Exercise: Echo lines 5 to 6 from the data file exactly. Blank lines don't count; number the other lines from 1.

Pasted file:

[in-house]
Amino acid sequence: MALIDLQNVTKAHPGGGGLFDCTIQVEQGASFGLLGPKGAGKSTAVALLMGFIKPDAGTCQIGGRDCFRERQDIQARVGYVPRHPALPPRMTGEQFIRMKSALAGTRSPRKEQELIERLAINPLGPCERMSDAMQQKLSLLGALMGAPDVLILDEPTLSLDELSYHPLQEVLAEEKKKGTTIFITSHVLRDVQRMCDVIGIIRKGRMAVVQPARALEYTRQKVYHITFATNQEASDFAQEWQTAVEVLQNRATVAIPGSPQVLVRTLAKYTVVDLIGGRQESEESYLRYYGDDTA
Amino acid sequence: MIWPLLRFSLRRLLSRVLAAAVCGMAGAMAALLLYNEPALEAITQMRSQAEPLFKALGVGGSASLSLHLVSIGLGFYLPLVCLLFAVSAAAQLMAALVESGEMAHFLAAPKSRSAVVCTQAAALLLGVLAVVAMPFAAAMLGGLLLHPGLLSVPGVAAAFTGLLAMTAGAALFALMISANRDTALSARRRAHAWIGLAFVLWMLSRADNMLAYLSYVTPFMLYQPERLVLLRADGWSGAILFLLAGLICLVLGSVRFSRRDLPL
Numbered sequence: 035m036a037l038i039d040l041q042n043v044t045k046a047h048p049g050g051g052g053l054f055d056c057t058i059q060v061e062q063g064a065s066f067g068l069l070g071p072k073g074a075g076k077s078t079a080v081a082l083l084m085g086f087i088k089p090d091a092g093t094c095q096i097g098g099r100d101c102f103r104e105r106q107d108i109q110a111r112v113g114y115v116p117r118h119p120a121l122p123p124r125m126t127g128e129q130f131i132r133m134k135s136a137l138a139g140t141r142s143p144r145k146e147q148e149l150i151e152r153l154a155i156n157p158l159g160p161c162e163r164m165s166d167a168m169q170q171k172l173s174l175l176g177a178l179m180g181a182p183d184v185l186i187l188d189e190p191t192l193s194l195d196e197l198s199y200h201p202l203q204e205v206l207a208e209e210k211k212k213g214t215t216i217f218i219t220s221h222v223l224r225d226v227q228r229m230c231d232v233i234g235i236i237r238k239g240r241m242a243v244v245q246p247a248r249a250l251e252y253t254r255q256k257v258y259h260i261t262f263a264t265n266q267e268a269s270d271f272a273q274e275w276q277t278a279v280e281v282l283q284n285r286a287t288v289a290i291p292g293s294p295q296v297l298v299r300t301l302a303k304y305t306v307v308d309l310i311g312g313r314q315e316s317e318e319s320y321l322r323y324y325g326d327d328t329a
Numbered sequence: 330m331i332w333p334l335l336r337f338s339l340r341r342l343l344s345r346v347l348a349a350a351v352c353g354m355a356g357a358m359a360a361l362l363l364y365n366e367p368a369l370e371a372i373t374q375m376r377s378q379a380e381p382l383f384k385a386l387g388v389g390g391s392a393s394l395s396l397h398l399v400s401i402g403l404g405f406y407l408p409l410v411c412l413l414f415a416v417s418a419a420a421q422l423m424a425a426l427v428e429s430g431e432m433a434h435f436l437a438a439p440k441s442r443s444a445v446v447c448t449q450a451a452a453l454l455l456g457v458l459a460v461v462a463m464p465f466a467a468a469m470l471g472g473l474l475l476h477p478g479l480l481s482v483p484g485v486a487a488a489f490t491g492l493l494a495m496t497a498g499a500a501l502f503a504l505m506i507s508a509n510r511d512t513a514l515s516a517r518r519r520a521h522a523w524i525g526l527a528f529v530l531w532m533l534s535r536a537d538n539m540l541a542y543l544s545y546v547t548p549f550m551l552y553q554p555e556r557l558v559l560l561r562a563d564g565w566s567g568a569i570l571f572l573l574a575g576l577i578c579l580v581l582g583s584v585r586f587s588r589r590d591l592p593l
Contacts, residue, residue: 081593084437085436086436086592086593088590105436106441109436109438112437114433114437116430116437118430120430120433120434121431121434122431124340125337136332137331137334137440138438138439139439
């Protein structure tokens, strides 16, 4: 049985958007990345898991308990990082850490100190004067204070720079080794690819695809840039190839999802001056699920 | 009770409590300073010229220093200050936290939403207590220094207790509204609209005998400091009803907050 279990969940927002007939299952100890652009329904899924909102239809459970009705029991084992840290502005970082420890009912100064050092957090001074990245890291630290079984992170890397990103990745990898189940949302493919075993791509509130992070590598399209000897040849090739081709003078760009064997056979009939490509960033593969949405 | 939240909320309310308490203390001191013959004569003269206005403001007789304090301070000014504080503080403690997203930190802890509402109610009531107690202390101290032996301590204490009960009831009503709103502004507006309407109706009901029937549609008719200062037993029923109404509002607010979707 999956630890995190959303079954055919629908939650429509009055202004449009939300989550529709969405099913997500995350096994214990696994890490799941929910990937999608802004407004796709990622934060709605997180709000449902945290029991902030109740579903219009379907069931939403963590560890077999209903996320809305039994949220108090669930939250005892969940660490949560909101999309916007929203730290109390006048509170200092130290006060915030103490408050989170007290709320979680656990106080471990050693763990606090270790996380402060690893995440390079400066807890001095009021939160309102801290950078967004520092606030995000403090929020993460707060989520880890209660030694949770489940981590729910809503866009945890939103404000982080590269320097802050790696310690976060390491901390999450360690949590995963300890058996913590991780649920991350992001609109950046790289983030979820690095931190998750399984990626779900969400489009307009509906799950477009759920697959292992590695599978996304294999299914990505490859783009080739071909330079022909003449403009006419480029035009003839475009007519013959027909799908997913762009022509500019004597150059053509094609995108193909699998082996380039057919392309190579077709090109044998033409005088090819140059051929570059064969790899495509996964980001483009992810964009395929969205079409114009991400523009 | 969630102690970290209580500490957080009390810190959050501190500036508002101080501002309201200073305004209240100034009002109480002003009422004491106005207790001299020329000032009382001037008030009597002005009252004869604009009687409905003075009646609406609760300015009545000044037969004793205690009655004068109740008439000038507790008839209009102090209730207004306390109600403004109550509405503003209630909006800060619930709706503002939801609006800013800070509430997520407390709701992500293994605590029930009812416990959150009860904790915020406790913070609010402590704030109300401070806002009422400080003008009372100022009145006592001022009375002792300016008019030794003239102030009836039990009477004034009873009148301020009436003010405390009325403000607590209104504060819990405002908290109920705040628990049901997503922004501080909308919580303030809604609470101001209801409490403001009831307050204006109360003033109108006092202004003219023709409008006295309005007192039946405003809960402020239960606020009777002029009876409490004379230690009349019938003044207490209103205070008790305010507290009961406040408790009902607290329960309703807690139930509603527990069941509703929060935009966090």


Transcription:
Numbered sequence: 330m331i332w333p334l335l336r337f338s339l340r341r342l343l344s345r346v347l348a349a350a351v352c353g354m355a356g357a358m359a360a361l362l363l364y365n366e367p368a369l370e371a372i373t374q375m376r377s378q379a380e381p382l383f384k385a386l387g388v389g390g391s392a393s394l395s396l397h398l399v400s401i402g403l404g405f406y407l408p409l410v411c412l413l414f415a416v417s418a419a420a421q422l423m424a425a426l427v428e429s430g431e432m433a434h435f436l437a438a439p440k441s442r443s444a445v446v447c448t449q450a451a452a453l454l455l456g457v458l459a460v461v462a463m464p465f466a467a468a469m470l471g472g473l474l475l476h477p478g479l480l481s482v483p484g485v486a487a488a489f490t491g492l493l494a495m496t497a498g499a500a501l502f503a504l505m506i507s508a509n510r511d512t513a514l515s516a517r518r519r520a521h522a523w524i525g526l527a528f529v530l531w532m533l534s535r536a537d538n539m540l541a542y543l544s545y546v547t548p549f550m551l552y553q554p555e556r557l558v559l560l561r562a563d564g565w566s567g568a569i570l571f572l573l574a575g576l577i578c579l580v581l582g583s584v585r586f587s588r589r590d591l592p593l
Contacts, residue, residue: 081593084437085436086436086592086593088590105436106441109436109438112437114433114437116430116437118430120430120433120434121431121434122431124340125337136332137331137334137440138438138439139439